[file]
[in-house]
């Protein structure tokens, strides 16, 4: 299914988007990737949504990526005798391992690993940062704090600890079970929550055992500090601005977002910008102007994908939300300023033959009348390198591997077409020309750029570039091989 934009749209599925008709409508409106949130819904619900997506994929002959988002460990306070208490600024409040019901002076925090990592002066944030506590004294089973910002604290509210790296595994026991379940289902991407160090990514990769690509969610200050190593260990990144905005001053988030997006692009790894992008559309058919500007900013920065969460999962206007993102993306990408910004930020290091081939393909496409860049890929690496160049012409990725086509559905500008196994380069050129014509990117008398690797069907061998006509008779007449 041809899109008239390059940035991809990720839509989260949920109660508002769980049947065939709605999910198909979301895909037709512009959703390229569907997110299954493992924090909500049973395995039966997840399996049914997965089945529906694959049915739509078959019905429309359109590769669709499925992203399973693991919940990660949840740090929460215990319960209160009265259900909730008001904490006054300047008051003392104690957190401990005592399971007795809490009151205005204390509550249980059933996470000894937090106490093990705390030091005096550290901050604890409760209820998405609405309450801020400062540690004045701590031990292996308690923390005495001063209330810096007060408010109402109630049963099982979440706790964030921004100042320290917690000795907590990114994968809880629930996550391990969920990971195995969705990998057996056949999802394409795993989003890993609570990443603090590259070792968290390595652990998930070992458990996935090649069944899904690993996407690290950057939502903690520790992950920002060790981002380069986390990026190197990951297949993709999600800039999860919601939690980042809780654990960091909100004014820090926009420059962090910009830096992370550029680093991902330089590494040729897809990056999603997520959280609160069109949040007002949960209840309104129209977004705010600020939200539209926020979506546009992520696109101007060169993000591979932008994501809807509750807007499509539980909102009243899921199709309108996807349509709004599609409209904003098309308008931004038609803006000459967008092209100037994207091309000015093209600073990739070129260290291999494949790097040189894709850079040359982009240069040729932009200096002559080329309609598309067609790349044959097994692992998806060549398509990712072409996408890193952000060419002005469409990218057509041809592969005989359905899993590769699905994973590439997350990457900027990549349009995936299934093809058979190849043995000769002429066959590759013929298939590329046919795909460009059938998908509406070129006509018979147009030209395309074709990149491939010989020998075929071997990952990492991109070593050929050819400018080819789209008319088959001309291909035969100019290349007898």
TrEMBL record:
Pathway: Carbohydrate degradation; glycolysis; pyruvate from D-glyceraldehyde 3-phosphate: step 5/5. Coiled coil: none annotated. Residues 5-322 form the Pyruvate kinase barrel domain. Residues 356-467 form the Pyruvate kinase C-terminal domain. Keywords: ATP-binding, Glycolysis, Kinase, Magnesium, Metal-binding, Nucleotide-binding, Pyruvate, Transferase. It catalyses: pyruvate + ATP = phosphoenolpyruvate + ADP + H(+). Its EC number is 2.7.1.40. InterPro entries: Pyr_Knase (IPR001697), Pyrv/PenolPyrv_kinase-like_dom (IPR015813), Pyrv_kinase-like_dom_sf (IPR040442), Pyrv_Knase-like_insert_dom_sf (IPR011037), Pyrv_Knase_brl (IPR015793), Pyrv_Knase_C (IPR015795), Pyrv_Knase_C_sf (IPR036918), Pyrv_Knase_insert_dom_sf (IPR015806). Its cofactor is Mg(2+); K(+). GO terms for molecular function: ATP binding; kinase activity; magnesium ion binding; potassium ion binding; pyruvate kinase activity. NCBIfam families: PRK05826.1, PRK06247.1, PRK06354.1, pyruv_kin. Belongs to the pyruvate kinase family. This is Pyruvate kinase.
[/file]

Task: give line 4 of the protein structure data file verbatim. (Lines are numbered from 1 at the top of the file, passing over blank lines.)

Pathway: Carbohydrate degradation; glycolysis; pyruvate from D-glyceraldehyde 3-phosphate: step 5/5. Coiled coil: none annotated. Residues 5-322 form the Pyruvate kinase barrel domain. Residues 356-467 form the Pyruvate kinase C-terminal domain. Keywords: ATP-binding, Glycolysis, Kinase, Magnesium, Metal-binding, Nucleotide-binding, Pyruvate, Transferase. It catalyses: pyruvate + ATP = phosphoenolpyruvate + ADP + H(+). Its EC number is 2.7.1.40. InterPro entries: Pyr_Knase (IPR001697), Pyrv/PenolPyrv_kinase-like_dom (IPR015813), Pyrv_kinase-like_dom_sf (IPR040442), Pyrv_Knase-like_insert_dom_sf (IPR011037), Pyrv_Knase_brl (IPR015793), Pyrv_Knase_C (IPR015795), Pyrv_Knase_C_sf (IPR036918), Pyrv_Knase_insert_dom_sf (IPR015806). Its cofactor is Mg(2+); K(+). GO terms for molecular function: ATP binding; kinase activity; magnesium ion binding; potassium ion binding; pyruvate kinase activity. NCBIfam families: PRK05826.1, PRK06247.1, PRK06354.1, pyruv_kin. Belongs to the pyruvate kinase family. This is Pyruvate kinase.